7. crutschow

    Expert

    Mar 14, 2008
    13,056
    3,245
    You can generate the 3V nominal DC by rectifying the AC with a diode and capacitor filter, and use a voltage divider to reduce that voltage to 3V. 24VAC will give about 33VDC when rectified and filtered. Use a 200 ohm (to ground) in series with 2.2k ohm to get 3V. (You may have to tweak the 2.2k resistor value to get within the required limits of 2.48V and 3.3V so measure the voltage at the divider before you connect to the transmitter input).

    The 2.2k ohm resistor should be at least 1W size. The 200 ohm can be 1/8W.
     
    osx-addict likes this.
  8. osx-addict

    Thread Starter Member

    Feb 9, 2012
    122
    9
    Thanks! If I decide to go this route I may ping you on what parts I will select if you don't mind.. I've got an email into the sprinkler controller people to ensure that if I plug something in this fashion will not confuse the controller's fault detection logic which might make it shut that port down.. Hopefully it won't notice, but this company does have some interesting fault detection logic that can detect open's in the solenoid control lines and whatnot.. Not sure how it does that though -- perhaps sensing current flow or something..
     
  9. osx-addict

    Thread Starter Member

    Feb 9, 2012
    122
    9
    Ok.. Got a note back from Weathermatic who makes the sprinkler controller (an SL800 SmartLine controller if you're watching at home).. They said their fault logic would trigger IF the current exceeds 1A but that I can adjust the trigger up to 2A if needed (he told me how). I'm thinking this voltage conversion circuit would be well below 1A -- am I on the right track?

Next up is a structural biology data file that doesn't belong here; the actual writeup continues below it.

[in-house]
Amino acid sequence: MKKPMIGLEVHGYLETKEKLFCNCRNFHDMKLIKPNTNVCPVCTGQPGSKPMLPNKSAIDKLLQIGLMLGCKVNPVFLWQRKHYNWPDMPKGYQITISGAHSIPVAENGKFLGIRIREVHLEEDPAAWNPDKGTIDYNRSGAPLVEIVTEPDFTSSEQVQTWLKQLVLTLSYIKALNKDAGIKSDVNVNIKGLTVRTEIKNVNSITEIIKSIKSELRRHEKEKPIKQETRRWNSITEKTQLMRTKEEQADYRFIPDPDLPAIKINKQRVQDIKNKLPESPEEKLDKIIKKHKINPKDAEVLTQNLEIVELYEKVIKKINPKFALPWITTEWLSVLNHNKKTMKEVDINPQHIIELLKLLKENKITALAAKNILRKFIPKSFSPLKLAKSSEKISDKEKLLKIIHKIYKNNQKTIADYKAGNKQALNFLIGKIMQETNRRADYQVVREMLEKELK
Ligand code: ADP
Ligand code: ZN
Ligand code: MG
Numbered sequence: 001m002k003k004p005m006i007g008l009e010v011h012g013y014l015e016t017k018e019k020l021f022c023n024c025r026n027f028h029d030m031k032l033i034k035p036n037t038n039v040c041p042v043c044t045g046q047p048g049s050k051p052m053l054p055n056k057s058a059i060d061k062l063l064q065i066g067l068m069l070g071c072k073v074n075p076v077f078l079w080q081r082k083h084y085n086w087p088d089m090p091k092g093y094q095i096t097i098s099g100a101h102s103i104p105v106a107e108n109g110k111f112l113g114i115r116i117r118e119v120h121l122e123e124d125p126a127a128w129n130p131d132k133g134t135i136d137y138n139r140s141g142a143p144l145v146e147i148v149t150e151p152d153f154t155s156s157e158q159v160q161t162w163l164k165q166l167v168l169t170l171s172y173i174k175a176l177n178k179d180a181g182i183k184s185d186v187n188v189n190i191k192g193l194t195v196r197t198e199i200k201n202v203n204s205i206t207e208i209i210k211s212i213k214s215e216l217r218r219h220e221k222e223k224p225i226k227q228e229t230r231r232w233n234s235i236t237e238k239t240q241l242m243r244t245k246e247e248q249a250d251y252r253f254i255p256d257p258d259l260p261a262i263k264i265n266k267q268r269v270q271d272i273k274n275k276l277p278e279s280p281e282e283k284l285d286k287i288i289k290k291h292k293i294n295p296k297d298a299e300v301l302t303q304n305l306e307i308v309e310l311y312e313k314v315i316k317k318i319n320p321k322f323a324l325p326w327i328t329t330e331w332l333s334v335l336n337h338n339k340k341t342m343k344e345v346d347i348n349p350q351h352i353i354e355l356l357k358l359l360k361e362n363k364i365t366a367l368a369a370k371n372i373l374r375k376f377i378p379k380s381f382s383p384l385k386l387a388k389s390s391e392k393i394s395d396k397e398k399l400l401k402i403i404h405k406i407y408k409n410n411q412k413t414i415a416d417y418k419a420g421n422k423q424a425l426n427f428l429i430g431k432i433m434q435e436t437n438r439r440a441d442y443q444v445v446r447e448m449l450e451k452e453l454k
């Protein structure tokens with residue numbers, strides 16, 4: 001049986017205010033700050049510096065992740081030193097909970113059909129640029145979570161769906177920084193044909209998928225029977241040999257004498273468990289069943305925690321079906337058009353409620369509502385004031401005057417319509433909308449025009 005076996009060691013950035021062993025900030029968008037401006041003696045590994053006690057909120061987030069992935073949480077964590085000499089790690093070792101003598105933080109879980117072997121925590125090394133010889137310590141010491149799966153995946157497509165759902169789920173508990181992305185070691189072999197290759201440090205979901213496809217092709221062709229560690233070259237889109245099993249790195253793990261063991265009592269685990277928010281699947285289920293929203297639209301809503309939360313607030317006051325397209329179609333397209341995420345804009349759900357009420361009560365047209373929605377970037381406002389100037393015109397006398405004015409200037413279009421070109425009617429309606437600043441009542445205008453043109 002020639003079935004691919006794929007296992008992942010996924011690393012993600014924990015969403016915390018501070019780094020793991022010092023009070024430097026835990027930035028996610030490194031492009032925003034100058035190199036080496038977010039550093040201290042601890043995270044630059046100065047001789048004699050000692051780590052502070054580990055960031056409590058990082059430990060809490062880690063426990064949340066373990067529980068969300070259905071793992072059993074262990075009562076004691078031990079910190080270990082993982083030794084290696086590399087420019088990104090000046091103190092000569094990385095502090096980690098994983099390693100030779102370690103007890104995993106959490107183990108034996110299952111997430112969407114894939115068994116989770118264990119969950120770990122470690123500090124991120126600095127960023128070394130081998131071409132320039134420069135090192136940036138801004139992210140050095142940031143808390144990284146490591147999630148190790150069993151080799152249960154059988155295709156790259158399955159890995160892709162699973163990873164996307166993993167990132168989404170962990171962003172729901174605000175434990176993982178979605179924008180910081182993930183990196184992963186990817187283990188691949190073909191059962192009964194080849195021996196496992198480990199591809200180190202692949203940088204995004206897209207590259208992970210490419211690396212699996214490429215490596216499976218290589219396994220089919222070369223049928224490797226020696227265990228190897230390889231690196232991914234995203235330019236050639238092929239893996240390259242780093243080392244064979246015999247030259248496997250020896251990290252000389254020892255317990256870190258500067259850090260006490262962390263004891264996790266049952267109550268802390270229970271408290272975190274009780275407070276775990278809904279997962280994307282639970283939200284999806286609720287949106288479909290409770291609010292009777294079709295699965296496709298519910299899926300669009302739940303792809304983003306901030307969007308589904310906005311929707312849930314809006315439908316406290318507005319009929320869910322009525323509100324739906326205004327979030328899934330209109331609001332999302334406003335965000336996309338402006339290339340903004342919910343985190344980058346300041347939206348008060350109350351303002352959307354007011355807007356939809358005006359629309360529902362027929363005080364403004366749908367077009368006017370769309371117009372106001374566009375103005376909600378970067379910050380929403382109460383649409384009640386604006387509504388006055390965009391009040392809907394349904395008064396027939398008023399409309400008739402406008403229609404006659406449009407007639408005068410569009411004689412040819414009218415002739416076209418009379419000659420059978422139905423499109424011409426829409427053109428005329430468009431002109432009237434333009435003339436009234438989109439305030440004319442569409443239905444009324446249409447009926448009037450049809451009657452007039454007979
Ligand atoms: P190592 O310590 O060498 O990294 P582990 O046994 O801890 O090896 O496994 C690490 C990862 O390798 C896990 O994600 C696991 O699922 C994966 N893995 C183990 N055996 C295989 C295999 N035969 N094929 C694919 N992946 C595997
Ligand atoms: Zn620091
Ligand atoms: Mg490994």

10. osx-addict

    Thread Starter Member

    Feb 9, 2012
    122
    9
    Ok.. So, for the circuit that crutschow suggested above, I think it'll look something like the one mentioned here -- but with the voltage divider resistors missing.. Would it be a good idea to add a LM7803 or similar to ensure the voltage does not fluctuate too high -- but change the voltage divider resistors to drop the 33VDC down to something closer to 7-8VDC? Perhaps it's nothing to worry about.. Just curious..
     
  11. crutschow

    Expert

    Mar 14, 2008
    13,056
    3,245
    If you are worried about excess voltage you could place a 3V zener across the 200 ohm resistor.
     
  12. osx-addict

    Thread Starter Member

    Feb 9, 2012
    122
    9
    ok.. Will keep that in mind.. In talking with my better half late last night I think she was opting for the trench muscle building excercise & crawling under the likely spider infested house instead.. :(
     
Loading...